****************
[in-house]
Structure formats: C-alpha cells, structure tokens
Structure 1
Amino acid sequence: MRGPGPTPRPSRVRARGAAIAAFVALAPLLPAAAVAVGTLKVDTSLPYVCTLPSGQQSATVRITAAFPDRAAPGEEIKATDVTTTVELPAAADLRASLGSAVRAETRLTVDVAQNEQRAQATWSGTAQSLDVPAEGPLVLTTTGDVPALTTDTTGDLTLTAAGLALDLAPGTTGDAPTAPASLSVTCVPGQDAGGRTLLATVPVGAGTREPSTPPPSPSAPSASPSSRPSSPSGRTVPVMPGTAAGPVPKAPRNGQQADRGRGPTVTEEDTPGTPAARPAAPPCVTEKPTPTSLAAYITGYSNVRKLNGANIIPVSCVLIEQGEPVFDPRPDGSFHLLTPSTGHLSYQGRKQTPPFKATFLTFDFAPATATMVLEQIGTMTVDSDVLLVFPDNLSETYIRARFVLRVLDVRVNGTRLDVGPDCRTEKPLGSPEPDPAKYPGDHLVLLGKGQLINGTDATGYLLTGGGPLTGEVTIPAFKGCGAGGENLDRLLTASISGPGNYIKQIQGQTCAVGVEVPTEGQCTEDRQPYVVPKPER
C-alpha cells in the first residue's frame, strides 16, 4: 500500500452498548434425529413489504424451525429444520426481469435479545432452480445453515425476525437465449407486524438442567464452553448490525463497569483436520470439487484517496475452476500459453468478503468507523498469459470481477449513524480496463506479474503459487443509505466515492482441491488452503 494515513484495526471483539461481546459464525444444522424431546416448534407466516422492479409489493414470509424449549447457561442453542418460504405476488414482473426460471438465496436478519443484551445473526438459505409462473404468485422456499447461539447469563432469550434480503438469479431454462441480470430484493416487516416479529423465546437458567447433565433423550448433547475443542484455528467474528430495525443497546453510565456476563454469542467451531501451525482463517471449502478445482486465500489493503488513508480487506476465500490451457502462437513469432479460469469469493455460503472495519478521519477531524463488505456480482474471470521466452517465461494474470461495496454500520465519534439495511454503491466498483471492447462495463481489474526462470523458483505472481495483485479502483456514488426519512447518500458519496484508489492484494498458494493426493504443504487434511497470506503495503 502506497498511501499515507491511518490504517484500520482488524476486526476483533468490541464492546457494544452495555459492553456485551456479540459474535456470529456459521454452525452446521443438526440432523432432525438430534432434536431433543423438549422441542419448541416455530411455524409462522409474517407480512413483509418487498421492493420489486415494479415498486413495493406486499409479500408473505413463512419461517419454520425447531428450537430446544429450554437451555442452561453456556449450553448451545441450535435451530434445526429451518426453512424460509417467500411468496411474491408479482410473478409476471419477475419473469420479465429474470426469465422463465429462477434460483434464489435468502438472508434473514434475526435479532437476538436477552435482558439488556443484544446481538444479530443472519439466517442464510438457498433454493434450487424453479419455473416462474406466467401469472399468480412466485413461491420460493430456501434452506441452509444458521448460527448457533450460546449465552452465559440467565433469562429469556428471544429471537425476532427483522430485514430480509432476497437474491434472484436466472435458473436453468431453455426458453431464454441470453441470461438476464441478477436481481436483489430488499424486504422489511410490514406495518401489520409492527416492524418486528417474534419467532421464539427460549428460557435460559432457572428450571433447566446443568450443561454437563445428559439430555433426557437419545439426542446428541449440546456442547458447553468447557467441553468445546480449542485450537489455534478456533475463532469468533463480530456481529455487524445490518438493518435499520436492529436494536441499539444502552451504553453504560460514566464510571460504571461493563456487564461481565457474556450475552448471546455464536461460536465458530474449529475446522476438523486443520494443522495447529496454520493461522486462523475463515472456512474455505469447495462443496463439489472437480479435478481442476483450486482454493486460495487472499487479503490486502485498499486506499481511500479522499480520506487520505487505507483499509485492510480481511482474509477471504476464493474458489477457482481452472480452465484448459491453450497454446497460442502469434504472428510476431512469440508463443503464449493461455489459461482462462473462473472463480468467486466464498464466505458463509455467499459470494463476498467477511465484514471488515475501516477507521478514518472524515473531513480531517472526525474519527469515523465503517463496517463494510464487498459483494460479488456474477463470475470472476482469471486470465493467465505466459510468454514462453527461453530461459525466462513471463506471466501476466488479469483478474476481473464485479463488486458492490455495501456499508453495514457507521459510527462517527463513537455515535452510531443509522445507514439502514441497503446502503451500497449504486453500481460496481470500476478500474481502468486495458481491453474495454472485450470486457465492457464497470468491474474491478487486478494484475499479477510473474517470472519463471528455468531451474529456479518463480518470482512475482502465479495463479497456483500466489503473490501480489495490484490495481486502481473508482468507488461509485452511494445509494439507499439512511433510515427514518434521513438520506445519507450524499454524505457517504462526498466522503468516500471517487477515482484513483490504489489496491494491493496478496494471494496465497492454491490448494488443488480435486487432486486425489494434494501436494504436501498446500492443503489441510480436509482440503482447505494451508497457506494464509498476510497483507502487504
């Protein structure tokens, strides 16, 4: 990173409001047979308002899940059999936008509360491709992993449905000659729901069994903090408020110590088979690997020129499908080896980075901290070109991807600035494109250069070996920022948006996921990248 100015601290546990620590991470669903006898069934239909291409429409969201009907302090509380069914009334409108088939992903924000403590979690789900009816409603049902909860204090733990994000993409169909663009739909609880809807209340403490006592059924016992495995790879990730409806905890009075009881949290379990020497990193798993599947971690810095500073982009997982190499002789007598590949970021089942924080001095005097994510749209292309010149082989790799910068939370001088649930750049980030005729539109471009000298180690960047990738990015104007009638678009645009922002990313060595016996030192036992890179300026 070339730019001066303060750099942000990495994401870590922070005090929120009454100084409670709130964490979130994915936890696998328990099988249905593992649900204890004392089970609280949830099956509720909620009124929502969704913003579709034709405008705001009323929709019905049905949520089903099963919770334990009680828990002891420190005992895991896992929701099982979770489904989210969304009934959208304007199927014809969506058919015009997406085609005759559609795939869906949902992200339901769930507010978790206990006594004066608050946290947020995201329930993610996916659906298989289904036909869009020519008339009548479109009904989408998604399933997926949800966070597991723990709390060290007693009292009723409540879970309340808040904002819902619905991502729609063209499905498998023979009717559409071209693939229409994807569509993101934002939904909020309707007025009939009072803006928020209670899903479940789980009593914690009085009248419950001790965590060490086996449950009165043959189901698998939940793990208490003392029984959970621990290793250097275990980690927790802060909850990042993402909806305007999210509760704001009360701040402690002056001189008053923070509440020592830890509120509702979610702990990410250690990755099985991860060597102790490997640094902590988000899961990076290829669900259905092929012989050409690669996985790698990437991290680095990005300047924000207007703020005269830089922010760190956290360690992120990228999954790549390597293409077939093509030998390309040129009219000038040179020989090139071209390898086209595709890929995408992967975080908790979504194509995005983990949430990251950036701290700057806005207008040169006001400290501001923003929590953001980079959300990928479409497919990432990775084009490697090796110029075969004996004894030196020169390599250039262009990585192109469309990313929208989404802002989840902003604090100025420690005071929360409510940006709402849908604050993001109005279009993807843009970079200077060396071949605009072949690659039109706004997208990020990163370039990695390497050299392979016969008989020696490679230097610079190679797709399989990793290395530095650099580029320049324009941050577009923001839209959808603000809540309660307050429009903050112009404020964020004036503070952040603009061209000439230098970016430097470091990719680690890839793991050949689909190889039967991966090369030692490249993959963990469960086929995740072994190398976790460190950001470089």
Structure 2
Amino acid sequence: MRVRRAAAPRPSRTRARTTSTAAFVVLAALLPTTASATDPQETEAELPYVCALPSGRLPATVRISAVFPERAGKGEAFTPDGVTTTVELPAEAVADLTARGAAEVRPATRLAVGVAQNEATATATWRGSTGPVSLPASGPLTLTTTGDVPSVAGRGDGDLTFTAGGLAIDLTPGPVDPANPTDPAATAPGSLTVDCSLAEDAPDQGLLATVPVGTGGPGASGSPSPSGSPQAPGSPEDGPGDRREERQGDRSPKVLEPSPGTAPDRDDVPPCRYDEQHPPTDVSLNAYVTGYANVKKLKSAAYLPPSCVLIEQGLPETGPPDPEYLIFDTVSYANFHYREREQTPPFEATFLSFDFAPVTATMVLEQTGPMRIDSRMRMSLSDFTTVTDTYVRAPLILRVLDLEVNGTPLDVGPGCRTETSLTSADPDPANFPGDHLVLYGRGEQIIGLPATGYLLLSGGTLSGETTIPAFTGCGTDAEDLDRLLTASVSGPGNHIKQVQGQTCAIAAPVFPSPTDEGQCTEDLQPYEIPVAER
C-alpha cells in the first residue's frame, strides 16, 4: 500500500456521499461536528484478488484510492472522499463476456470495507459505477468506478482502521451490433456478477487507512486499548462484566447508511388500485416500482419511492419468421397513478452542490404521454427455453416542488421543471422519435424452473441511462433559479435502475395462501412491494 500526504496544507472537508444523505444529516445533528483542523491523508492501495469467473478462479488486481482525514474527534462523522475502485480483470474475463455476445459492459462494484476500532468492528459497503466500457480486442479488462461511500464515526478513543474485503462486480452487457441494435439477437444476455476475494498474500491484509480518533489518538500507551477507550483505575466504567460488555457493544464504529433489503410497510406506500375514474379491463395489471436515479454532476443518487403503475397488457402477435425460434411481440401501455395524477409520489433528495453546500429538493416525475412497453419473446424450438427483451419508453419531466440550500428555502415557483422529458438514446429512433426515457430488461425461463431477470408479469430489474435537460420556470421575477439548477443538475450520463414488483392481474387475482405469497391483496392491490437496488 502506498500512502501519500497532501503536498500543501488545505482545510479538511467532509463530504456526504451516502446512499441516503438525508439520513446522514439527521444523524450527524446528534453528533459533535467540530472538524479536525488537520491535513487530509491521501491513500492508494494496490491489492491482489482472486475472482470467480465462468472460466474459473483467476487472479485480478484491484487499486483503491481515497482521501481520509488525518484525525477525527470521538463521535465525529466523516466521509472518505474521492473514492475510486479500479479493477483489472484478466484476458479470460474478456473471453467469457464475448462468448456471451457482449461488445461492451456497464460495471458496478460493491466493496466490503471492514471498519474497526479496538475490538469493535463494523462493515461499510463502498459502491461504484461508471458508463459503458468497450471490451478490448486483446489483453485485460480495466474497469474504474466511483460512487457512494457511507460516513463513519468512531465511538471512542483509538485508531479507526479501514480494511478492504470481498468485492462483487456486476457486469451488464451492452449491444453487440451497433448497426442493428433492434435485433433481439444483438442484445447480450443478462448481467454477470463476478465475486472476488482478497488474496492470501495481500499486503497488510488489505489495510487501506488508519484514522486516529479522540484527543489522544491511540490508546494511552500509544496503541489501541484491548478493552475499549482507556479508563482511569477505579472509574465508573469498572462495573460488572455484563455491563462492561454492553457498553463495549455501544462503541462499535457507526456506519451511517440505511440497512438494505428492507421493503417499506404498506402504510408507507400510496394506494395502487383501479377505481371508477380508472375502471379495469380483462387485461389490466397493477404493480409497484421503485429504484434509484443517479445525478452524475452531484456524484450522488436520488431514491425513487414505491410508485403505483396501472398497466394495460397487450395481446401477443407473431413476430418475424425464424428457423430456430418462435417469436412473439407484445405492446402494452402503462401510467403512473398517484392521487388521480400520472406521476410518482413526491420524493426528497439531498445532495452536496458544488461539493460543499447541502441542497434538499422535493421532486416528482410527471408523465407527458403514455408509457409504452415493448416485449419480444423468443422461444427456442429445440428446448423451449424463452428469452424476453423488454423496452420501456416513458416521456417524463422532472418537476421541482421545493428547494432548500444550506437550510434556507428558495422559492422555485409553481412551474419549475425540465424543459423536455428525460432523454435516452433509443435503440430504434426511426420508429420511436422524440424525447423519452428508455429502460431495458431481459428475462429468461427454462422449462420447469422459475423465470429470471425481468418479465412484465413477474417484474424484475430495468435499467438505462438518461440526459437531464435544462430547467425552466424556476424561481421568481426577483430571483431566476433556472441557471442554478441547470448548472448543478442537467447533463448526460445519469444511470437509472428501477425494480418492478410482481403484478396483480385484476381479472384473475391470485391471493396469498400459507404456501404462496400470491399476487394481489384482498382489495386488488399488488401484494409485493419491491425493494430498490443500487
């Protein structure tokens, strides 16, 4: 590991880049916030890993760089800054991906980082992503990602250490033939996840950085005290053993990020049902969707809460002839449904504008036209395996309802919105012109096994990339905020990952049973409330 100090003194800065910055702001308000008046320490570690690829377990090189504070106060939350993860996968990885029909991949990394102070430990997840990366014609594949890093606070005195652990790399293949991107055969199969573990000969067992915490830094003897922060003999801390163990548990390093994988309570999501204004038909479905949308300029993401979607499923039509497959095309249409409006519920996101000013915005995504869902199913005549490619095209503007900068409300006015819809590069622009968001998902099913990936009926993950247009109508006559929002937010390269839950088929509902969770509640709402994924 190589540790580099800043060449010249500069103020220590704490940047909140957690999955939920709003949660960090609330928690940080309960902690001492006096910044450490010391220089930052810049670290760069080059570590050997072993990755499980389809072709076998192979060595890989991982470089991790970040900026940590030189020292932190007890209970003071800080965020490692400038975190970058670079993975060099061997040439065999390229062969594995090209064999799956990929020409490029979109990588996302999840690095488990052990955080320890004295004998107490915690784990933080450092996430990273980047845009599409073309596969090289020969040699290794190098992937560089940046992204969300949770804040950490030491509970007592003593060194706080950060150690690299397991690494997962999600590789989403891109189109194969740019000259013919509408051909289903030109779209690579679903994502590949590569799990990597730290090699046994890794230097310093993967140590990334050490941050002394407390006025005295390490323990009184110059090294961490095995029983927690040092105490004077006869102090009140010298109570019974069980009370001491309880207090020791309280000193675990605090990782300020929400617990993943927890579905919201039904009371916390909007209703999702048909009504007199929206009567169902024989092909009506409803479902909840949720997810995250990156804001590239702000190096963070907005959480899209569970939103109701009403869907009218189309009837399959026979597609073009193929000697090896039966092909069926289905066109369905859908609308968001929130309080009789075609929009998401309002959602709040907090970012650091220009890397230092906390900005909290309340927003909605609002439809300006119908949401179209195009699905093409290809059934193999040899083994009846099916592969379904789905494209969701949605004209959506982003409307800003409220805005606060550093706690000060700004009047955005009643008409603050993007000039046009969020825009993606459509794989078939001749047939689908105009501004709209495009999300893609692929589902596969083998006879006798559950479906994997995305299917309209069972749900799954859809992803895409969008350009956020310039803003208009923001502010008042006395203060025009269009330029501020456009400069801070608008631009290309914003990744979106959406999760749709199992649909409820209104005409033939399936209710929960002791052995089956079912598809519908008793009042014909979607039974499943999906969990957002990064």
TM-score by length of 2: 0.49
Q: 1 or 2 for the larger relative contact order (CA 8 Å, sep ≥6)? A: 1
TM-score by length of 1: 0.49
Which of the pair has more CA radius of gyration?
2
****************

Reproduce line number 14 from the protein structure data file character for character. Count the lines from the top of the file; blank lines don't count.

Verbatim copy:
Which of the pair has more CA radius of gyration?